Calliope Njo: Computer

Welcome to Write the Story! Each month Writers Unite! will offer a writing prompt for writers to create a story from and share with everyone. WU! wants to help our members and followers to generate more traffic to their platforms.  Please check out the authors’ blogs, websites, Facebook pages and show them support. We would love to hear your thoughts about the stories and appreciate your support! 

Please note: the images used are free-use images and do not require attribution.


 Calliope Njo

With the buses lined up along the side of the school, I went to the front gates to wait for Dad. Silver Lexus SUV, Rocky Road 24825 Fig. Yup, that was it.

I opened the door and Dad looked at me. “I’ve gotta meeting to get to and I promise, we will get something after,” Dad said. “Your choice as long as it’s not something like tarantula pizza or maggot casserole.”

Up a highway that led to a backlog of traffic that dissipated before another street we had to turn down. Pluto Communications Corporation, in gold letters on a black sign. The guard at the gate seemed nice. At least he smiled.

We parked inside a parking garage on the second level and stood in front of an elevator. It dinged and he put his hand on a black panel. It took maybe a second before we stopped. We walked on a walkway above the street.

He slid a card into a slot by a set of sliding doors. He took wide steps down the hall while I ran next to him. We stopped by a hallway and he pointed. “Look, my office is down the hall. Last door on the left. Can’t miss it. It’s OK to use the computer in my office. Authorization not necessary. Bathroom’s attached. Just stay there and do whatever it is you have to do. Be done as soon as I can.”

“Yeah. OK. And Dad, Ew. Maggot casserole and tarantula pizza?” First Mom, then Dad had a meeting. Brian doesn’t count because… he didn’t.

Dad went one way, and I another. I pushed the lever, and the door opened. The light switch was easy to find. Dad’s posters were all the same. An enormous blue bubble in the middle of a black piece of paper. As if whoever saw it was supposed to understand. He told me once that his colleagues thought it was great. The poster had to be the most uninteresting picture I ever saw.

I sat at his desk and finished my English homework in under an hour. I could type it up on my laptop at home. That left math.

Math was the subject I had the most trouble with. Beyond basic math, I always got lost. Mom helped with math and got me through whatever my math teacher didn’t.

Mr. Barbonski’s lecture about absolute values went through my head as I looked at the page. When I got to the assignment, however, that lesson might as well have been a dream. Out of desperation, I turned on the computer and an enormous picture of the galaxy appeared. There were icons, but no labels. I clicked the one with the picture of a satellite and hoped it was somebody’s idea of an internet link. A blinking cursor at the top left almost beckoned me to type in something.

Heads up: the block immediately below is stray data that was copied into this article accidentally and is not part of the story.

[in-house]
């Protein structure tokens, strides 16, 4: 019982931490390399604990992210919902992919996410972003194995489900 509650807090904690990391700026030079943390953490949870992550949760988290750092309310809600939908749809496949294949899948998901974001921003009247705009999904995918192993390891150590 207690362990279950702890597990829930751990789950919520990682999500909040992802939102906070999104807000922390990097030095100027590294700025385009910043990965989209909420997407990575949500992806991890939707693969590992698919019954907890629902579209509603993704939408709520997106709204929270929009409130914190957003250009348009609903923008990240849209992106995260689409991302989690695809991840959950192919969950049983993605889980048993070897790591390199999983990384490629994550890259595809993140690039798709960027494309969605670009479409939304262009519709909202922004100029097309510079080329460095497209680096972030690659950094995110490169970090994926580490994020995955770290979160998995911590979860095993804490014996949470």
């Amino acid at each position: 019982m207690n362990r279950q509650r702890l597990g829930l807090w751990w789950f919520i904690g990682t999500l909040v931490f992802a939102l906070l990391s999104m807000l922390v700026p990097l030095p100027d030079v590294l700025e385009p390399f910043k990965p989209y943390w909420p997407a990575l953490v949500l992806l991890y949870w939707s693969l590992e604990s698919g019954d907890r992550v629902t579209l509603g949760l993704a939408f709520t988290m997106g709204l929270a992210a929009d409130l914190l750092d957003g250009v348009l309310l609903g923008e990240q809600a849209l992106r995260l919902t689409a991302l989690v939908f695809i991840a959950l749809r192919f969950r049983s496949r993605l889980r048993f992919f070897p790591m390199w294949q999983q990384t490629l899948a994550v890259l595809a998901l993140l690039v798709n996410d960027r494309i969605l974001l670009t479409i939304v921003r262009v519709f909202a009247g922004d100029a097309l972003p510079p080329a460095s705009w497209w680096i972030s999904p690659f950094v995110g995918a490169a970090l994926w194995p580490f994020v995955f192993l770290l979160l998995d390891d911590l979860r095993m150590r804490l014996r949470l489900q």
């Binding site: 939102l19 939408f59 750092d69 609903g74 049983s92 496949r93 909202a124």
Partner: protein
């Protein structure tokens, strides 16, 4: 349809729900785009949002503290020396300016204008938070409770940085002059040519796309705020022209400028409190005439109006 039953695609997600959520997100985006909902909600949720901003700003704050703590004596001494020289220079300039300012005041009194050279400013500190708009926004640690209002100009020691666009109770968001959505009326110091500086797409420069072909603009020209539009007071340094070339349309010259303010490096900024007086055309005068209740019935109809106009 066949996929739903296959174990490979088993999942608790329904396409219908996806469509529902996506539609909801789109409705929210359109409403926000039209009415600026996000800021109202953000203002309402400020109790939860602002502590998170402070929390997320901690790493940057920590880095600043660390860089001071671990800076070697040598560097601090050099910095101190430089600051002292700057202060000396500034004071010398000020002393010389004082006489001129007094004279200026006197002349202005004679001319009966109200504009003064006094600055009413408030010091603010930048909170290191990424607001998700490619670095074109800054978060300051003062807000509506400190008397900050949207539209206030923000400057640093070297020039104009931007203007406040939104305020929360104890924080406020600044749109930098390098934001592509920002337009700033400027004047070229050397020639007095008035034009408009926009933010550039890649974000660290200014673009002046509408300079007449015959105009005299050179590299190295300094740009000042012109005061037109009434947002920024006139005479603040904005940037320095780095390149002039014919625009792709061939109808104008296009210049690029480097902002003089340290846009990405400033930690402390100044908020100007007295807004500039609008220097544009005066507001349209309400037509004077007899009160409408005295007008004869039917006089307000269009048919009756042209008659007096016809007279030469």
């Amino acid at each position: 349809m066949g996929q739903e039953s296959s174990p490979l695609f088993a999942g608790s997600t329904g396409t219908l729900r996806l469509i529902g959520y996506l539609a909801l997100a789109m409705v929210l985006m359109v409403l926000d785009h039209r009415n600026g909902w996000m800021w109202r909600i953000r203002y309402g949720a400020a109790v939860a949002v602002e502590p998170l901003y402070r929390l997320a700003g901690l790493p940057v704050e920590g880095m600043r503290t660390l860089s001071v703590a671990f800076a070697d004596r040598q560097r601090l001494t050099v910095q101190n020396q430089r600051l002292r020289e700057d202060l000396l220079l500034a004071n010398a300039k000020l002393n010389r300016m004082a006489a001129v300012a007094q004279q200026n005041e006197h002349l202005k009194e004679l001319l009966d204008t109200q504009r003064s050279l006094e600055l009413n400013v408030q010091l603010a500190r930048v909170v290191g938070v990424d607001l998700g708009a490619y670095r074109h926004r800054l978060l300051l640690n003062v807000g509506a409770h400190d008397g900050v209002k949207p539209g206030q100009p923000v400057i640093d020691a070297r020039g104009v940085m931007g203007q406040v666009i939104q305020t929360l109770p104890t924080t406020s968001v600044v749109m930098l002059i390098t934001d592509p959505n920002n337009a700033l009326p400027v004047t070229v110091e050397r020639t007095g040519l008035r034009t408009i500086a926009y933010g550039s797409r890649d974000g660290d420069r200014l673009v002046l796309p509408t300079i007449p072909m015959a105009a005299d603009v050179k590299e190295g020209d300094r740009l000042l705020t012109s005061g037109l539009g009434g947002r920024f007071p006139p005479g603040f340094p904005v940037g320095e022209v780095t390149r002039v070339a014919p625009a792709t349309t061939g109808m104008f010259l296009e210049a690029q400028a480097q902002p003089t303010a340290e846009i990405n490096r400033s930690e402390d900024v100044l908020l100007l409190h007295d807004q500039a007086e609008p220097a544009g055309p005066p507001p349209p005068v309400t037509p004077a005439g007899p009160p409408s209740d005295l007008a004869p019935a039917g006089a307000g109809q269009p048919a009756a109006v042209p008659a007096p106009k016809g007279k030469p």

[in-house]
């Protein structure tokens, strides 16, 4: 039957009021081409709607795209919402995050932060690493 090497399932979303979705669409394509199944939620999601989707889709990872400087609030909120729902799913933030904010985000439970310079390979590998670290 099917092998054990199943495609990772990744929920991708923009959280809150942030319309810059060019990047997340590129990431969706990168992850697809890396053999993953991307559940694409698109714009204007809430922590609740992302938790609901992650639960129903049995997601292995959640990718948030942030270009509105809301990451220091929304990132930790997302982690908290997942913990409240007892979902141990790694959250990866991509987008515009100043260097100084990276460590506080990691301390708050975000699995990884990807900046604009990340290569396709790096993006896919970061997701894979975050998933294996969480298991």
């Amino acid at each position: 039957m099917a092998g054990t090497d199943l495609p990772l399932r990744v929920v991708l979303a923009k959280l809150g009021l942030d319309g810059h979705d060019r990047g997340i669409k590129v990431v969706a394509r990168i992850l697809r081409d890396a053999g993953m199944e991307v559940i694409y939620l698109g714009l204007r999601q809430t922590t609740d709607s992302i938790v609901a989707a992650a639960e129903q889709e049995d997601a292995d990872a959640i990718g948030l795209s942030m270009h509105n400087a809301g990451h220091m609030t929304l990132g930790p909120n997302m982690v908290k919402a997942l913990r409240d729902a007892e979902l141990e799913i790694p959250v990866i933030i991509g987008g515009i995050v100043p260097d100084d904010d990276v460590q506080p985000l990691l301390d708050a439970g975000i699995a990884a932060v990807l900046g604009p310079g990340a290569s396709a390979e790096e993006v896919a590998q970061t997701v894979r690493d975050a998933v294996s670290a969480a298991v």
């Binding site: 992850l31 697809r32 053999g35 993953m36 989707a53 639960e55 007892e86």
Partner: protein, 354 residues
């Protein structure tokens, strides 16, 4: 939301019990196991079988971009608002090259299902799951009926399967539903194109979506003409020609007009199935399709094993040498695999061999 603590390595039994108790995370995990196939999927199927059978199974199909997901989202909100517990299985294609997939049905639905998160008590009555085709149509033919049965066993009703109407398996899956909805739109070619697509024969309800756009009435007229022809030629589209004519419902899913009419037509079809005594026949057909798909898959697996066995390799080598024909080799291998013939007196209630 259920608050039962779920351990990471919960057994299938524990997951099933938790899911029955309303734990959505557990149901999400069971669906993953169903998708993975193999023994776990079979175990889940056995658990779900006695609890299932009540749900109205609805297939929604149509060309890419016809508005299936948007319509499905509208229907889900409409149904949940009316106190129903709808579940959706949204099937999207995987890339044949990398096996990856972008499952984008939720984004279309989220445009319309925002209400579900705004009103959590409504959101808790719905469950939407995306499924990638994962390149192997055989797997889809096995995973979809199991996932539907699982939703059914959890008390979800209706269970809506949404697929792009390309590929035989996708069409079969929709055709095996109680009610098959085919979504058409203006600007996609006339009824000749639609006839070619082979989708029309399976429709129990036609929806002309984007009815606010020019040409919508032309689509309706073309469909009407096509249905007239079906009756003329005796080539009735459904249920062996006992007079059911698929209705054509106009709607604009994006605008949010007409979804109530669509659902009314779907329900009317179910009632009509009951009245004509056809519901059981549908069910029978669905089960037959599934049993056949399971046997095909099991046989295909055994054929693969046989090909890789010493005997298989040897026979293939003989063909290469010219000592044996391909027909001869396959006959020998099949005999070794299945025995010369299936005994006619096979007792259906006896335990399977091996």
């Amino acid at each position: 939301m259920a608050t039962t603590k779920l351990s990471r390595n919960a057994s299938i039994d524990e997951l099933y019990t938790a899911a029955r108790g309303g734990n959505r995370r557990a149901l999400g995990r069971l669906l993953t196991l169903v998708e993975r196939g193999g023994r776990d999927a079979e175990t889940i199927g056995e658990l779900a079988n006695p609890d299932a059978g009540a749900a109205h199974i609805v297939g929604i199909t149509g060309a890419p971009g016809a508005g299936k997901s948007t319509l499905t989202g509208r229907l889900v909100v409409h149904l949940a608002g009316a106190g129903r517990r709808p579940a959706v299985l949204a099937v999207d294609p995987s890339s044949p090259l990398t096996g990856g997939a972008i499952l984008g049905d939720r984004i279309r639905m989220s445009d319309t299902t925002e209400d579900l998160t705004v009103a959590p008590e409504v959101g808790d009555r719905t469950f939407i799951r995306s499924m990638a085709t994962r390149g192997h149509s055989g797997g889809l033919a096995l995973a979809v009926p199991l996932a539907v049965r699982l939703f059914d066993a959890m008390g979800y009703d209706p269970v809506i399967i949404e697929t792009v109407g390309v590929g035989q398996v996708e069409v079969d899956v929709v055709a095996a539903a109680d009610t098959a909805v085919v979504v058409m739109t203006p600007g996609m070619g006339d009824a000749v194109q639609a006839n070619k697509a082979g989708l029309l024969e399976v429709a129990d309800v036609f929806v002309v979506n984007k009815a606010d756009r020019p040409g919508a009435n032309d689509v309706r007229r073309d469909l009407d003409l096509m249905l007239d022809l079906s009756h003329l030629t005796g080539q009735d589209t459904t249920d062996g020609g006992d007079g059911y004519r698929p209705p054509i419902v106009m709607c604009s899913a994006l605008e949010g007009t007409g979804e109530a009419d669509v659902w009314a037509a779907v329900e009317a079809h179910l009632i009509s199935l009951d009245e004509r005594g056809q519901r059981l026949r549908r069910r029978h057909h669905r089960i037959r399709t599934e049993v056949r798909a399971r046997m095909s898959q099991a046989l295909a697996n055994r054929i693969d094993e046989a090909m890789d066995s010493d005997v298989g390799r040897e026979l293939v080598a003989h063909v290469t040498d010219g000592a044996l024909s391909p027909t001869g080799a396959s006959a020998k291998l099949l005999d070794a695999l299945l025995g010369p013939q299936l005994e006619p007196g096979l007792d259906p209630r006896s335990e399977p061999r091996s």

I remembered my manners and plugged in my problems. After whoever helped me by explaining the process, I finished my homework. Before I had a chance, the page disappeared. I couldn’t find it again.

I turned off the computer and counted to thirty before turning it back on again. I hit the satellite icon and typed in a basic math problem without a response. Someone out there helped me with this issue, and it was my duty to find out who. Problem was, I couldn’t think of a TV program with a similar issue.

Then the screen turned red. “Warning. Unauthorized access. Warning. Unauthorized access.” A loud horn sounded at the same time as the room flashed red.

I turned off the computer and packed up all of my stuff. About as sudden as it started, the lights and noise stopped. One Mexican man and a Black woman came into the office. “Evening. What are you doing here? You realize this section is for personnel only,” the woman said.

“My dad, he dropped me off. He’s supposed to be in a meeting right now. I’d call him for you, but I don’t know what the number is. I’m sorry. I just wanted to play a game.” You’re a big fat liar.

“All right,” the man said. “Nothing going on in here?” He came inside along with the woman. They inspected every desk drawer and the long cabinet in front of the desk to be concluded with the filing cabinet. I had no idea what they were looking for. They stood in the doorway. “Just be sure you don’t touch anything you’re not supposed to. Understood?”

“I understand.” I smiled.

I could tell he didn’t believe me because he raised his eyebrow. That and I had a hunch. They left the office and closed the door.

I took in a deep breath and let it go. Nothing happened, and at worst, I’d get a Dad lecture about faith and values and ethics. That was when my stomach growled.

Maybe I should’ve asked them if they had vending machines. Of course, I could get their attention again. No, that wouldn’t be a good idea. I had to hang in there until Dad finished. Oh, I wished he’d hurry it up. Nature called. Wait a minute, he said it was attached.

Once I found the door, all was right again except my hunger.

Dad came into the office. “I heard about the incident. Explanation?”

“Sorry Dad, but I was just trying to finish my Algebra homework. When I found something, it shut off before I could thank them. That was when the sirens and lights went off.”

He walked to his desk and turned on the computer. “What exactly did you do?”